Aggregation behavior of nanoparticles in water, particularly in the presence of surface coating, is a fundamental behavior to understand as it closely relates to the material function, reactivity, and toxicity. Engineered DNA, an important type of surface coating, is essentially different from conventional polymeric coatings with homogeneous repeating units. The heterogeneous nature of DNA with numerous combinations of the four nucleotides poses a challenge to understand the aggregation of nanoparticles coated with them. In this study, we use both experimental and computational approaches to study how DNA properties influence the aggregation of DNA-conjugated gold nanoparticles (DNA-AuNPs). Aggregation kinetics under different pH values and in three salts (NaCl, CaCl2, and MgCl2) were investigated. Overall, DNA-AuNPs demonstrated similar aggregation behavior of electrosterically stabilized nanoparticles, where the surface coating layer thickness played a determining role. The underlying interactions between DNA-AuNPs were analyzed by an extended DLVO model, and the excluded volume repulsion, which varied as a function of layer thickness, was the dominant stabilizing repulsion. Interestingly, the DNA sequence was found to cause different layer thicknesses and thus profoundly different aggregation behaviors in the presence of cations. The interactions between DNA strands with different sequences and surrounding counterions were investigated via molecular dynamics simulations. The simulation results were consistent with experimental observations and supported the sequence-dependent conformational change of DNA coating. Our study provides new molecular-level insights into aggregation of nanoparticles with heterogeneous surface coating such as DNA.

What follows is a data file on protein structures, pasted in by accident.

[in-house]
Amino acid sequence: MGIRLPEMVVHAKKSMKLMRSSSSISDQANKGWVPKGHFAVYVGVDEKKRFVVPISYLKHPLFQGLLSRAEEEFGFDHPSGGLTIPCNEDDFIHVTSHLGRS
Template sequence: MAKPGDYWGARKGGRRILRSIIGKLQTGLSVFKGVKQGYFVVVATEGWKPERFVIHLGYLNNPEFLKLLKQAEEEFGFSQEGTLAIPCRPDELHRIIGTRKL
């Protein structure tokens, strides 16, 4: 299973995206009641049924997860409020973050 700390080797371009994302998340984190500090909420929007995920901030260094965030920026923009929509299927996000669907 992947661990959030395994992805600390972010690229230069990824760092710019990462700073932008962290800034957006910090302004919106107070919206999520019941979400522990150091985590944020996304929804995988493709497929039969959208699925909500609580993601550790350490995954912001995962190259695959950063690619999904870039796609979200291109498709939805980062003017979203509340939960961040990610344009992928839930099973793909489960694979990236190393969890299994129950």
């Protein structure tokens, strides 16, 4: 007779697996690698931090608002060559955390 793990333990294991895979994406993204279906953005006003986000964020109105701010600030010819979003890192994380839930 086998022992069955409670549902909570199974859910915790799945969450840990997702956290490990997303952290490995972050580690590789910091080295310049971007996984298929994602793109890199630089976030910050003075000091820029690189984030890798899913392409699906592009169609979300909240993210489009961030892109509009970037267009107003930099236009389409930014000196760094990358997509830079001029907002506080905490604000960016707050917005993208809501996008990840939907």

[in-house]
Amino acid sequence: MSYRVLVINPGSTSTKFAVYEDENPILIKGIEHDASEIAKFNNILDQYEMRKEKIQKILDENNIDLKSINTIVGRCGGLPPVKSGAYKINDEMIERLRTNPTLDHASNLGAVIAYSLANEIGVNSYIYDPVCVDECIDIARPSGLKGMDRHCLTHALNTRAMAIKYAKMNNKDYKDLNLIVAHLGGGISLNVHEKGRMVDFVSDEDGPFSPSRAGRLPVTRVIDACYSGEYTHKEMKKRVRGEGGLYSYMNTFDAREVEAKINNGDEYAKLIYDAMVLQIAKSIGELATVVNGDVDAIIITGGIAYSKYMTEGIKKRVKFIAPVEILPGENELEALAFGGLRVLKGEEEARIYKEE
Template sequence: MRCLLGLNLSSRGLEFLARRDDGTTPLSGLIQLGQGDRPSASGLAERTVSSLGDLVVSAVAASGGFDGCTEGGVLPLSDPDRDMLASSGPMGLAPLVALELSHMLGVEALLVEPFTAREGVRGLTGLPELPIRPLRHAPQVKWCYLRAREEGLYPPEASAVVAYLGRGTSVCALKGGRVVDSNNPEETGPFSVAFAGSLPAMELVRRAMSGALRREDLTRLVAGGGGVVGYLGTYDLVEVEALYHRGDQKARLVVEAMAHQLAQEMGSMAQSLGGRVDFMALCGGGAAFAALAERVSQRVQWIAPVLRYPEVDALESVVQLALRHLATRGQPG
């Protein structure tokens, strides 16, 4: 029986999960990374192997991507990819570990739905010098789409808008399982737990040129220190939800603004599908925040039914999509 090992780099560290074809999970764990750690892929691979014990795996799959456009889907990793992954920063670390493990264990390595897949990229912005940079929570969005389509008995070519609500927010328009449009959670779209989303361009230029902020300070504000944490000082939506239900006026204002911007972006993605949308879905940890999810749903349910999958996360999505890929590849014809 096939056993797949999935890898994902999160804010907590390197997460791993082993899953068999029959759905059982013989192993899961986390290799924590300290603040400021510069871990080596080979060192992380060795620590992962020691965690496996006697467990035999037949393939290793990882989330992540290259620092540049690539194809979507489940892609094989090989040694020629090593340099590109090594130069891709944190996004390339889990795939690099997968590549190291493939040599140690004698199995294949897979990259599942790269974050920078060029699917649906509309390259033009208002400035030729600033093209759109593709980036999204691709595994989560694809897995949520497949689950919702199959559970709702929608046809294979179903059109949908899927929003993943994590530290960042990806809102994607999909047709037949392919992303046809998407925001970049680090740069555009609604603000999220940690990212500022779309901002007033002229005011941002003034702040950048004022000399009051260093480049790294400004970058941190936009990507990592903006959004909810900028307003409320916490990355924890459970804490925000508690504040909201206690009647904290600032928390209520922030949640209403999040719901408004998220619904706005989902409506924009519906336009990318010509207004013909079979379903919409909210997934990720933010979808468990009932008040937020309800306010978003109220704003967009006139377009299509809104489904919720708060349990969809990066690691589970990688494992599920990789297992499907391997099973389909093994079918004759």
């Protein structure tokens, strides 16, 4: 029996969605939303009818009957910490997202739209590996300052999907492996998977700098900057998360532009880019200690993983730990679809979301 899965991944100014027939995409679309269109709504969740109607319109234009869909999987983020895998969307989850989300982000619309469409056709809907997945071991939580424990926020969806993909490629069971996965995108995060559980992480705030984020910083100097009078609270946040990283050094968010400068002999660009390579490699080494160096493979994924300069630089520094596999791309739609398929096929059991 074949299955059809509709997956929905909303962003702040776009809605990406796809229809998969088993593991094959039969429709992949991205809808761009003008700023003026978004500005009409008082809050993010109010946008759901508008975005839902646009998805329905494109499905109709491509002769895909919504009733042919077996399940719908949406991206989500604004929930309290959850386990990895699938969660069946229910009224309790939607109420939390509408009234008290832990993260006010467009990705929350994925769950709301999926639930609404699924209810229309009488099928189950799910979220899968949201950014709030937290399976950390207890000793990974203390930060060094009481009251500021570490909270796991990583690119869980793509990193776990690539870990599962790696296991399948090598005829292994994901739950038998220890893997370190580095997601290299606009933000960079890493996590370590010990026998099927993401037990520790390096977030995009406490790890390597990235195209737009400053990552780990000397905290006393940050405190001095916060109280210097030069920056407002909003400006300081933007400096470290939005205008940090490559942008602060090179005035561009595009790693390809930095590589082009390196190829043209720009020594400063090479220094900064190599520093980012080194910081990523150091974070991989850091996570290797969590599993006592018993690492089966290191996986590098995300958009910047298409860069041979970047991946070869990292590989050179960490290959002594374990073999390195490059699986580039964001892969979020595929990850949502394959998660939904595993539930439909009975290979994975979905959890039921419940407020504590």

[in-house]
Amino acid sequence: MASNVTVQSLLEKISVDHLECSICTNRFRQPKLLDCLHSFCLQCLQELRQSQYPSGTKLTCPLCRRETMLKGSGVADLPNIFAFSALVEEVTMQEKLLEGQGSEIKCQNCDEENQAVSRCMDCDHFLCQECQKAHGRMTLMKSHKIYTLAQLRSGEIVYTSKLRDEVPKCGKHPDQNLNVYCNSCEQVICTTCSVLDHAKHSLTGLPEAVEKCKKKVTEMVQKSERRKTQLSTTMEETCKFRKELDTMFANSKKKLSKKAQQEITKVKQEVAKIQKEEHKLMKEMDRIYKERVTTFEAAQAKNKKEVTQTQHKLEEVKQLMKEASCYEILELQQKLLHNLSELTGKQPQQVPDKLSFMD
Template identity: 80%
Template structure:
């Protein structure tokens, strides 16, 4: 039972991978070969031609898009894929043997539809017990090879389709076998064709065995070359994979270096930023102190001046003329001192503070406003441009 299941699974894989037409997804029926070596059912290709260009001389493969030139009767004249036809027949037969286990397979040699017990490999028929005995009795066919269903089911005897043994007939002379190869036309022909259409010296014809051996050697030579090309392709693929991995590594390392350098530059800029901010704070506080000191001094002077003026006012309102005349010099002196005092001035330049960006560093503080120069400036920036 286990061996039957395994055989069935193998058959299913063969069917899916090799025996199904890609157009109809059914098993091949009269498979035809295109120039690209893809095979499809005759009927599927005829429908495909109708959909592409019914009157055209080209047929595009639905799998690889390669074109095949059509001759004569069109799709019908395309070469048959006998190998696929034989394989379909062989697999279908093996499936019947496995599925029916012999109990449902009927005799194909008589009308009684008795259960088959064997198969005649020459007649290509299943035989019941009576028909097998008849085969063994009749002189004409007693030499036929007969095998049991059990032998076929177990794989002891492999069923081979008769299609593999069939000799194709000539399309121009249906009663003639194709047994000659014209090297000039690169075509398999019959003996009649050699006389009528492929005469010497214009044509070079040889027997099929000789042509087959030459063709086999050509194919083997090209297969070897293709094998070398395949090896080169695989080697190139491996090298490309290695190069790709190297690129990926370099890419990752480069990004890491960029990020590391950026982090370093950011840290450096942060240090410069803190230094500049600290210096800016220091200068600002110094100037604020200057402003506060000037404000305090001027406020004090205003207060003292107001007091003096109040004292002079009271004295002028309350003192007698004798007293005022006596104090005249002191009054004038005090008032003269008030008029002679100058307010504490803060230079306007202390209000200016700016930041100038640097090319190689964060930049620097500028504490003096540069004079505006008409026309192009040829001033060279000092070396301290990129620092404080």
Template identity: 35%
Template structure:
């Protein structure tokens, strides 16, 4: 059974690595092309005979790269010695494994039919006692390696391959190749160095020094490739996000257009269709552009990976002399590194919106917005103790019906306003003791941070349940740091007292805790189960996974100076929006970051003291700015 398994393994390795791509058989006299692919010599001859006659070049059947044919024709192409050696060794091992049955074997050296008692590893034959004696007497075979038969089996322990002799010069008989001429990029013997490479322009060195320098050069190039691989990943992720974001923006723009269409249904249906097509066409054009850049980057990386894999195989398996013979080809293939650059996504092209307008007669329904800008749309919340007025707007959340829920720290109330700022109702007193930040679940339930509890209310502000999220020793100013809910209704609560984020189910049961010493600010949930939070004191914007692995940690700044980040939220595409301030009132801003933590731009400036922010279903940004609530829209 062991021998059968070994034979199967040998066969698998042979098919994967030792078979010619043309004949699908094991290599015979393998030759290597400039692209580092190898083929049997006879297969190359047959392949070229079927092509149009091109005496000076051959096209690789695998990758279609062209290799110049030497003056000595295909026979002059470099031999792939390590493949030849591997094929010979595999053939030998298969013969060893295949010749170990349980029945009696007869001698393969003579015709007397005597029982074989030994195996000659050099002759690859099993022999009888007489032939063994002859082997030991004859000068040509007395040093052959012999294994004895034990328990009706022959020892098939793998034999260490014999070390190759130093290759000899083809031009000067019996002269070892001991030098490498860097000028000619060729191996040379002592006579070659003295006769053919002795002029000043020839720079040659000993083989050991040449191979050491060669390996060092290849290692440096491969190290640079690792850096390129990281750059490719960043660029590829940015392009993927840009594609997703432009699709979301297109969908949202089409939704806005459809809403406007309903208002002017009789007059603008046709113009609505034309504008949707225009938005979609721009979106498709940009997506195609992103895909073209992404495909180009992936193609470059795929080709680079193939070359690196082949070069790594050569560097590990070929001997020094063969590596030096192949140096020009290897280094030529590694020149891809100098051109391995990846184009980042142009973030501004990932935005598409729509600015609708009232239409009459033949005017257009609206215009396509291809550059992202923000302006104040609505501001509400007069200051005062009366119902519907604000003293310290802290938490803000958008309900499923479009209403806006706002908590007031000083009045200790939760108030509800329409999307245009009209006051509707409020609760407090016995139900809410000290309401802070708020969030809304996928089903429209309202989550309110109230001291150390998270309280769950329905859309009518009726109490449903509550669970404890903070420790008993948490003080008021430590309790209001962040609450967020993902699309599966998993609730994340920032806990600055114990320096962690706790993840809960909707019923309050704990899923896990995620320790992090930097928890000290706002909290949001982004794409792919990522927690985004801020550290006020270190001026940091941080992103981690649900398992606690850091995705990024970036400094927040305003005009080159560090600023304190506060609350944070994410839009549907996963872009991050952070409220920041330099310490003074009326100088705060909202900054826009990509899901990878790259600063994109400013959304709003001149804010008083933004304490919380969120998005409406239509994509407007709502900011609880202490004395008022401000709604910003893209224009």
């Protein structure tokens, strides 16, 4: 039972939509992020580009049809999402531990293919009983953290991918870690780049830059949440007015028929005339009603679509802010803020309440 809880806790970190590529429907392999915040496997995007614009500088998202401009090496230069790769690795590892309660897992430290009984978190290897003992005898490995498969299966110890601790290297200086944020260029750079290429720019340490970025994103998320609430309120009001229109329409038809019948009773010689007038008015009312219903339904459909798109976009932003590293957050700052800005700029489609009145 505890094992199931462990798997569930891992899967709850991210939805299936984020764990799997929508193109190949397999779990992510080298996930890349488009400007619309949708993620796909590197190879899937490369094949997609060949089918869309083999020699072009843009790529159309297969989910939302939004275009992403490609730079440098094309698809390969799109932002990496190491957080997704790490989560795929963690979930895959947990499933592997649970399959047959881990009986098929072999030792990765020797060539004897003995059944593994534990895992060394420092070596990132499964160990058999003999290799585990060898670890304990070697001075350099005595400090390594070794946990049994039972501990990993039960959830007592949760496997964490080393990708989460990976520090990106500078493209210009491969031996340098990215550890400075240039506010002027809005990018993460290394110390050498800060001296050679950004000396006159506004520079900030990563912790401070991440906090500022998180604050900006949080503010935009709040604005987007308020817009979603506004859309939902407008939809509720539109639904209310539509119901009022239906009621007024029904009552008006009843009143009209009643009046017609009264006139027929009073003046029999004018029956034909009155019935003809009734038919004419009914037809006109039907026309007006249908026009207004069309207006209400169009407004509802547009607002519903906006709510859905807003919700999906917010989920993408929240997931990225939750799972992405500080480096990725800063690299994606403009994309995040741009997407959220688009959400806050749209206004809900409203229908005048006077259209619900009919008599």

ASJC Scopus subject areas
- Physical and Theoretical Chemistry
- Surfaces, Coatings and Films
- Materials Chemistry